The parish I attended for most of the time was fairly progressive, and I recall one Sunday school class where the nuns brough in a Protestant minister (can't recall the denomination) and a conservative Rabbi to speak, sort of an interfaith comparitive religion class. I was around 11 or 12 years old at the time, and one of the kids asked the Rabbi why "Jews were all so rich?" My jaw hit the floor. The nun was agast, and the minister's eyes bulged a bit. The Rabbi, however, took it in stride, and spoke for a good 10 minutes about how most Jews value education, and a good education is the key for financial success. Well played!
Kids can be very cruel.
Tuesday, March 22, 2011
“I think everyone agrees with the goal of reducing abortion by encouraging consideration of other alternatives,” the Republican governor said the statement. “I hope that women who are considering an abortion will use this three-day period to make good choices.”
For one thing, what makes the governor think that these women haven't already considered other alternatives? And I guess we all can infer what he means by "good choices," its the choice the governor wants you to make, not the choice that might be best for your health. Given that, do you really have a choice anymore?
All this law does is throw another obstacle in the path of someone seeking a legal medical procedure. There is only one clinic in the state that provides abortion services, so women in South Dakota are now subject to additional expenses (time missed from work, lodging, meals) in order to terminate a pregnancy.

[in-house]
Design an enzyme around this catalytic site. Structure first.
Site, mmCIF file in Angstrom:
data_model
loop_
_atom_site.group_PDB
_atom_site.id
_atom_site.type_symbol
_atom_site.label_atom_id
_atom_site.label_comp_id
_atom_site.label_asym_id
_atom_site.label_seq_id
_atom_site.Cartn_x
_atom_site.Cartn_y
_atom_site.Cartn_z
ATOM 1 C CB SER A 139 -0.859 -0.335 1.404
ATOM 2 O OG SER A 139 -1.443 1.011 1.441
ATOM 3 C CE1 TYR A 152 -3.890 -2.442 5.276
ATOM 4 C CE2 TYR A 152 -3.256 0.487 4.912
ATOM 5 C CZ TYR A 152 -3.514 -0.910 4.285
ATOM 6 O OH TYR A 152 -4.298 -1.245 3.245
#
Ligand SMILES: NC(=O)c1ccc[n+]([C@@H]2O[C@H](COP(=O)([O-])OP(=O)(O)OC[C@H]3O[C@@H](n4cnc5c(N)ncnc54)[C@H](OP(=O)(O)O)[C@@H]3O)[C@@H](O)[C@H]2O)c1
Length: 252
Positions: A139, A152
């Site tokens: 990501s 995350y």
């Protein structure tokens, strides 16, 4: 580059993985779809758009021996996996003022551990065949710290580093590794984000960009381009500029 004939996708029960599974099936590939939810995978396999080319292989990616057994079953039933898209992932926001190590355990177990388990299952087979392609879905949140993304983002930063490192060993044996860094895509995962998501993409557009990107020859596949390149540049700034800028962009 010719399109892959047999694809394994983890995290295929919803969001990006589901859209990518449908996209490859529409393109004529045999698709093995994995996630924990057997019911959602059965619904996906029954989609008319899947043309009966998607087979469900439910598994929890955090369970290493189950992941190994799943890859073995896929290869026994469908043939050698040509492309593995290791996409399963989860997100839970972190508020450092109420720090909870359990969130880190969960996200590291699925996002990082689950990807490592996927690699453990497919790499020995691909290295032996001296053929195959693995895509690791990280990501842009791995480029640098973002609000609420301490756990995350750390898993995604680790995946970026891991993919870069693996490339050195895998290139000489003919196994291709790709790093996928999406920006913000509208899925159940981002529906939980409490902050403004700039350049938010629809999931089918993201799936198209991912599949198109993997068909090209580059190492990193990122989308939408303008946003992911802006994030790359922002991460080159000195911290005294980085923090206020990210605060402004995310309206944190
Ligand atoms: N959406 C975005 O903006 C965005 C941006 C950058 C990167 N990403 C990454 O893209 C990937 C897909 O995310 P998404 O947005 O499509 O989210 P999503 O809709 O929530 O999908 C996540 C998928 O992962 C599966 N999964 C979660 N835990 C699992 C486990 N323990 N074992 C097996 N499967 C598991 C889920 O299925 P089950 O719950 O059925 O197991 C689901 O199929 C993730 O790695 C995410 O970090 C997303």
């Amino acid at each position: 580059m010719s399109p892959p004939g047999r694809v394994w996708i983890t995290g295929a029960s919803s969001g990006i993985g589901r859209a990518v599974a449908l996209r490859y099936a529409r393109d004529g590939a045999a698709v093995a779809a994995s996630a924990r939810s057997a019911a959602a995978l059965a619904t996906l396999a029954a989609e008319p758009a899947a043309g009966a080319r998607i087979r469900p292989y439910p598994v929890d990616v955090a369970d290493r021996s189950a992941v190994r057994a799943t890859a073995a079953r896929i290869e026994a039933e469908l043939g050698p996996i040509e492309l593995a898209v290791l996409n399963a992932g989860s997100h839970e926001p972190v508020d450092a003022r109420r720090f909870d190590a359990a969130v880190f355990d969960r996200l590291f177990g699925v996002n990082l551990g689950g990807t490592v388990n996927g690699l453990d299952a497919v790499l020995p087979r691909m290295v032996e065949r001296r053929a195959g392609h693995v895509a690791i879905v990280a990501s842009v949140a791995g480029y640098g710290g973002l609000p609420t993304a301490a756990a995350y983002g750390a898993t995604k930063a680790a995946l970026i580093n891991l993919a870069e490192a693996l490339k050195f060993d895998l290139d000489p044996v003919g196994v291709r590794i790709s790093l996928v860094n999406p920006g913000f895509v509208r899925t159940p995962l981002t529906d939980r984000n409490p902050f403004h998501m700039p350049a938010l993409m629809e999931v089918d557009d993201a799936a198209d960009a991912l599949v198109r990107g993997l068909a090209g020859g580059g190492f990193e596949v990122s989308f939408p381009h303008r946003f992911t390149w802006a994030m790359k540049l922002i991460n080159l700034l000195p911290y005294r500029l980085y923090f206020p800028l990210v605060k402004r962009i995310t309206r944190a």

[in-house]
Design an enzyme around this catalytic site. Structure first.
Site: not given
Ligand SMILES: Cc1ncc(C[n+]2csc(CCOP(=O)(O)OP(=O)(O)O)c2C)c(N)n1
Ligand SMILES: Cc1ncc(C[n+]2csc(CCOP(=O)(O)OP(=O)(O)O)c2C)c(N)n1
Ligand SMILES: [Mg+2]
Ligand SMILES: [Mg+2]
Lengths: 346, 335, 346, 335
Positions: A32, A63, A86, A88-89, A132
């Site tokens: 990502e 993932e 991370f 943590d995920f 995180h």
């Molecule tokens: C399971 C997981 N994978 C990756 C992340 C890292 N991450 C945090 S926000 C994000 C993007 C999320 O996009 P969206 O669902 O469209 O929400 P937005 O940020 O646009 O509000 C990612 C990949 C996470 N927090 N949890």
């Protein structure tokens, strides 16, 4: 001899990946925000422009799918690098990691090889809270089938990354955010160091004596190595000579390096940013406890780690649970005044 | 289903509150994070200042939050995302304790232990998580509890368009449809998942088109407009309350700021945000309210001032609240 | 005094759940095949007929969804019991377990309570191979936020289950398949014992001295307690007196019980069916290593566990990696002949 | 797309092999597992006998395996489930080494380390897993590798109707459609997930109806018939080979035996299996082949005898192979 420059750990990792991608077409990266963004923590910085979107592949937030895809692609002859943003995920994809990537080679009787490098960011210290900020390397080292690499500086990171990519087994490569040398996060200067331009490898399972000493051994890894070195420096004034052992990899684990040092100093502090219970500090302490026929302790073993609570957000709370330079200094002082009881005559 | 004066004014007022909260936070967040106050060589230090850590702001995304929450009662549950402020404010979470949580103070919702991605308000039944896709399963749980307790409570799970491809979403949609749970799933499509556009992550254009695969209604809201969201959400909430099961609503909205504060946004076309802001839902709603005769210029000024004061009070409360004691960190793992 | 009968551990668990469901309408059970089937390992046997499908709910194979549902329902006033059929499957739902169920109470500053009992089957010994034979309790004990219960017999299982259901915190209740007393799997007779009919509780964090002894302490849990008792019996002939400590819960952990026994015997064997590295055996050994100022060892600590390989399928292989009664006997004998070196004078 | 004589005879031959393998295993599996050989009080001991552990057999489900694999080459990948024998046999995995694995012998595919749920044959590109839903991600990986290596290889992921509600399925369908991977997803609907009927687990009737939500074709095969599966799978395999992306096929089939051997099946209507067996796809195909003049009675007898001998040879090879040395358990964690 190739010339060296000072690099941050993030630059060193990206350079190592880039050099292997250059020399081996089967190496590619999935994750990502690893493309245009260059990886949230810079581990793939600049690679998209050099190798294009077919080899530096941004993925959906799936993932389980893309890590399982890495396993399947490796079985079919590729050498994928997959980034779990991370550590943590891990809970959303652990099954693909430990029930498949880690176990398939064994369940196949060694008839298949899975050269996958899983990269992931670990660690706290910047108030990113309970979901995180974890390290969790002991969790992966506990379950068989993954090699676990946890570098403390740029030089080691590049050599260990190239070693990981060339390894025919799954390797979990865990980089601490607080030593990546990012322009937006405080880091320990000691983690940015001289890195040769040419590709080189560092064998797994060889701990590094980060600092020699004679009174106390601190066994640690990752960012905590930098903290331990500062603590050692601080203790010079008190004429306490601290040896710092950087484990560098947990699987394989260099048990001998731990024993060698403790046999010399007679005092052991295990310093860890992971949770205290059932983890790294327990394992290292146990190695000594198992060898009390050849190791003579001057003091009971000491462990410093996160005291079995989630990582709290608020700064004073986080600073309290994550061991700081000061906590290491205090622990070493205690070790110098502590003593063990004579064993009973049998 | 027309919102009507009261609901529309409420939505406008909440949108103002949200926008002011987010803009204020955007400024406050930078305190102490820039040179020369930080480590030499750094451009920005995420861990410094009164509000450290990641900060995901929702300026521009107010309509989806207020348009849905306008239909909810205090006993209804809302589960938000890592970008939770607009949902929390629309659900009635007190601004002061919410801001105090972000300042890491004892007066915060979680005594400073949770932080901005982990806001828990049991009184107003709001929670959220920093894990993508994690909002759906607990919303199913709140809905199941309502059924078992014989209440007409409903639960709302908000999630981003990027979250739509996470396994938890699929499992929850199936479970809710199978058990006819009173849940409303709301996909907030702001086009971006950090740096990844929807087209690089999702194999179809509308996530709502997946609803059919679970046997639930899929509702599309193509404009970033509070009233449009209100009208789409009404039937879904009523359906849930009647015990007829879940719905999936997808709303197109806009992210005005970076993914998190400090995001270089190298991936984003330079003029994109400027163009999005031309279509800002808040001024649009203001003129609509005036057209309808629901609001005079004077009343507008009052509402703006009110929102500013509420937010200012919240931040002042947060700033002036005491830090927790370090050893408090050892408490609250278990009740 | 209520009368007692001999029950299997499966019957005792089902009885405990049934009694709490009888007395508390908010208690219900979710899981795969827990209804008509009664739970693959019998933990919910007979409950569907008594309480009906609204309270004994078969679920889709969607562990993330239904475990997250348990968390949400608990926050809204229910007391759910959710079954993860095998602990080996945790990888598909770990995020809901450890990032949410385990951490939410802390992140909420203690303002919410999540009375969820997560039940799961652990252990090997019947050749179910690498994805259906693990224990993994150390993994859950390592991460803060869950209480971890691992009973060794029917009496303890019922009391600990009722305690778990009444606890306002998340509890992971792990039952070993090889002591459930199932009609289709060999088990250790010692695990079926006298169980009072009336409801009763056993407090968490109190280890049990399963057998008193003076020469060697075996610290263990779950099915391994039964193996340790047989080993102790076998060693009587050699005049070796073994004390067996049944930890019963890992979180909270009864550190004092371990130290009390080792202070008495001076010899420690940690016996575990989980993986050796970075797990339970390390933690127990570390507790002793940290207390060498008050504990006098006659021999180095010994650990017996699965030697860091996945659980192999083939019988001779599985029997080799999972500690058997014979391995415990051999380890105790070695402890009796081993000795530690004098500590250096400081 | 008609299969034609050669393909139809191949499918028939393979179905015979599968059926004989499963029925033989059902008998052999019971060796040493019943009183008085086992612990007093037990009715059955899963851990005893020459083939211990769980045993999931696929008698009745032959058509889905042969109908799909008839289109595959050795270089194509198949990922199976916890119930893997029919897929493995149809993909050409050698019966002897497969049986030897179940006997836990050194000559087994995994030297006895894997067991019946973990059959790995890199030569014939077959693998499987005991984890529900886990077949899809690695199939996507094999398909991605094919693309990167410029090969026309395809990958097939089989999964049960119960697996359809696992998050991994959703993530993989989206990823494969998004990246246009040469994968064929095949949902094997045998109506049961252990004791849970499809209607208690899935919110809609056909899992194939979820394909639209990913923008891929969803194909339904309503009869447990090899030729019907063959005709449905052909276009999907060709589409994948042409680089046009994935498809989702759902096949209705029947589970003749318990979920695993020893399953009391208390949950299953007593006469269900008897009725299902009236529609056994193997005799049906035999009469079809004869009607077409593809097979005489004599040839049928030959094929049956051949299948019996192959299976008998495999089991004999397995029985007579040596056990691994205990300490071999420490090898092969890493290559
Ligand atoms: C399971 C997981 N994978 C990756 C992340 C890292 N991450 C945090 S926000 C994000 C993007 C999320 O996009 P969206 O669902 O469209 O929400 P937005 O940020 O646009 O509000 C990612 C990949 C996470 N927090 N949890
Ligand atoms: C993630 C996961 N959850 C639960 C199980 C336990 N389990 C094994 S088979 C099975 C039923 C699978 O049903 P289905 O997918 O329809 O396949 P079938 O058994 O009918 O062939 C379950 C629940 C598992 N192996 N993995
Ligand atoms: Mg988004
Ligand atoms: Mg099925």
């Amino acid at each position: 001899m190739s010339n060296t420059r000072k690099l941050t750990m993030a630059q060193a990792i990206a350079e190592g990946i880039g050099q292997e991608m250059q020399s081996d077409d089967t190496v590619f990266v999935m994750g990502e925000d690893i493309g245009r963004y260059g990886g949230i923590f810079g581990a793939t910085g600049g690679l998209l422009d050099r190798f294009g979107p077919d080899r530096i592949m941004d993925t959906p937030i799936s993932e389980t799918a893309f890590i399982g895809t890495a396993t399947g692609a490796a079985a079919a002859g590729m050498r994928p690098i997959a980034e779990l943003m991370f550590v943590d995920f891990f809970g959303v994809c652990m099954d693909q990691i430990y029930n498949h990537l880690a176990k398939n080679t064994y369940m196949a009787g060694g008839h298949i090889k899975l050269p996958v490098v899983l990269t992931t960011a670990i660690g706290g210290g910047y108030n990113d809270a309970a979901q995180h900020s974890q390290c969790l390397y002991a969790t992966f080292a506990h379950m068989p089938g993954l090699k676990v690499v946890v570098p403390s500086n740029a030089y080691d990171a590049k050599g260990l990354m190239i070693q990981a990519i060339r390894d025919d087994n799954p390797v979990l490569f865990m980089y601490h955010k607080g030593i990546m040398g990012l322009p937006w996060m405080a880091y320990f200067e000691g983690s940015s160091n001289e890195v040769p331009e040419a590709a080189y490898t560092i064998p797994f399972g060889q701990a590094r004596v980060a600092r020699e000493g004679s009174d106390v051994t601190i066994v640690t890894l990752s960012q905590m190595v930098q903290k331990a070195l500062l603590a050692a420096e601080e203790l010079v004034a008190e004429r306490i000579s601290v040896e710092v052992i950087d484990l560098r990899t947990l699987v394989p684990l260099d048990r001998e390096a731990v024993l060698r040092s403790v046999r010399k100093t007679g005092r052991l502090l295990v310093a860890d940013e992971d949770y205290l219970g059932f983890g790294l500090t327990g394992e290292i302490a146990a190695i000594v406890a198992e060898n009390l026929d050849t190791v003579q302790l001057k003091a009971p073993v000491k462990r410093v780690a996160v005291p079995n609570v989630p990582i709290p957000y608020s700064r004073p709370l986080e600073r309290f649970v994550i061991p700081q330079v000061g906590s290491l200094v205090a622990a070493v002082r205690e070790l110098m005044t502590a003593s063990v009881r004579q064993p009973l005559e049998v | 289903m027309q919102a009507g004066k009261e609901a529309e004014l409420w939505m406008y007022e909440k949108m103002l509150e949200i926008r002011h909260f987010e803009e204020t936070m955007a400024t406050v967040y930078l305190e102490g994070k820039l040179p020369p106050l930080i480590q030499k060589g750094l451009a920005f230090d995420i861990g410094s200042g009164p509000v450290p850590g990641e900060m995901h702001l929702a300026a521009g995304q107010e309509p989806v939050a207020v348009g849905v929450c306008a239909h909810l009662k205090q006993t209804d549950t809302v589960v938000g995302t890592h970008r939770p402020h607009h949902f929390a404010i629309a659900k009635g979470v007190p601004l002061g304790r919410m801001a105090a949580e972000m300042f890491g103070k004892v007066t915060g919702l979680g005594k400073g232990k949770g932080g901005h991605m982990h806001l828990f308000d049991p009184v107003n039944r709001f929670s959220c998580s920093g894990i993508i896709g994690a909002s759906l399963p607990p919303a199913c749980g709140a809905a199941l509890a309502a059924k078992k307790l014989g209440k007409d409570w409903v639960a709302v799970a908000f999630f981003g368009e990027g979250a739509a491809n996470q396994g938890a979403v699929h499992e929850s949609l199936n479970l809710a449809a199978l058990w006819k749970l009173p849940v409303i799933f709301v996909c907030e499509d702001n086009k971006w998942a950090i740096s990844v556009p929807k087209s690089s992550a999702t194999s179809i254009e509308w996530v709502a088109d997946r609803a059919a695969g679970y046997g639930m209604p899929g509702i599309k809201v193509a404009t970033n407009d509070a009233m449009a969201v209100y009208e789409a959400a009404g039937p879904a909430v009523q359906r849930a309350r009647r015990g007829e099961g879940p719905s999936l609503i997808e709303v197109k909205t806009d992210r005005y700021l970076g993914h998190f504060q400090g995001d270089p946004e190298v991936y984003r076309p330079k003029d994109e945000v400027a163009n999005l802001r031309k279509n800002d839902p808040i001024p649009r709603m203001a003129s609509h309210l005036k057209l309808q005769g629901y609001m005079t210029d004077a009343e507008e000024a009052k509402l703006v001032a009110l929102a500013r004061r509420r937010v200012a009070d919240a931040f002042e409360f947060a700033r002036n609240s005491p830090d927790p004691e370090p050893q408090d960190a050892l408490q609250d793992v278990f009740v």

This is actual interference by the government in a person's health care, something that the right wing was up in arms about when it came to health care reform. Apparently, its OK for the state to intervene in some medical decisions.
This law, which will probably cost the state a bundle in legal fees as a lawsuit is inevitable, was passed at the same time South Dakota is slashing funding for education, more evidence that the right cares more about fetuses than it does for children.
Remember, its TYRANNY if the government wants you to wait 24 hours before buying a firearm, but it is prudent consideration to make someone wait 72 hours for medical care.
Hell Freezes Over
The freshman Republican said it was not clear to him what U.S. interest was being served by the attacks and said that while he was not a defender of the Libyan strongman, he was "not the only despicable character" on the international scene.